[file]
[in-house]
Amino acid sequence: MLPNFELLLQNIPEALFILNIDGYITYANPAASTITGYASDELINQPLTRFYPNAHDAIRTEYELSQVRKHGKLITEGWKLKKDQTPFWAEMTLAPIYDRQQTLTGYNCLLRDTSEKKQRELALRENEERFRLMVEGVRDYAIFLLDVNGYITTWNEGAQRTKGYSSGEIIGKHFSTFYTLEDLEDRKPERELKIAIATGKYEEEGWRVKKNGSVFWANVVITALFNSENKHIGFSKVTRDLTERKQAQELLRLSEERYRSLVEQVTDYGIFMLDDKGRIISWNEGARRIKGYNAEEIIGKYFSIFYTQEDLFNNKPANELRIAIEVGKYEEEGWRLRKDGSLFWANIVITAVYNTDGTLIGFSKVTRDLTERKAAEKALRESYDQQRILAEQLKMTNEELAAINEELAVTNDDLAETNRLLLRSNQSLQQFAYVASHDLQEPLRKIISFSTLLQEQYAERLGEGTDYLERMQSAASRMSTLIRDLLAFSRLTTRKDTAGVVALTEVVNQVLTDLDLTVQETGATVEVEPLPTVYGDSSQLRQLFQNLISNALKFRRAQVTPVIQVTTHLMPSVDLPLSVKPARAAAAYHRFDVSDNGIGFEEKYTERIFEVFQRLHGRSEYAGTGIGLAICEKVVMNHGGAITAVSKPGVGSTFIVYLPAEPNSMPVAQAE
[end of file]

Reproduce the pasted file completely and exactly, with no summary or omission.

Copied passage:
[in-house]
Amino acid sequence: MLPNFELLLQNIPEALFILNIDGYITYANPAASTITGYASDELINQPLTRFYPNAHDAIRTEYELSQVRKHGKLITEGWKLKKDQTPFWAEMTLAPIYDRQQTLTGYNCLLRDTSEKKQRELALRENEERFRLMVEGVRDYAIFLLDVNGYITTWNEGAQRTKGYSSGEIIGKHFSTFYTLEDLEDRKPERELKIAIATGKYEEEGWRVKKNGSVFWANVVITALFNSENKHIGFSKVTRDLTERKQAQELLRLSEERYRSLVEQVTDYGIFMLDDKGRIISWNEGARRIKGYNAEEIIGKYFSIFYTQEDLFNNKPANELRIAIEVGKYEEEGWRLRKDGSLFWANIVITAVYNTDGTLIGFSKVTRDLTERKAAEKALRESYDQQRILAEQLKMTNEELAAINEELAVTNDDLAETNRLLLRSNQSLQQFAYVASHDLQEPLRKIISFSTLLQEQYAERLGEGTDYLERMQSAASRMSTLIRDLLAFSRLTTRKDTAGVVALTEVVNQVLTDLDLTVQETGATVEVEPLPTVYGDSSQLRQLFQNLISNALKFRRAQVTPVIQVTTHLMPSVDLPLSVKPARAAAAYHRFDVSDNGIGFEEKYTERIFEVFQRLHGRSEYAGTGIGLAICEKVVMNHGGAITAVSKPGVGSTFIVYLPAEPNSMPVAQAE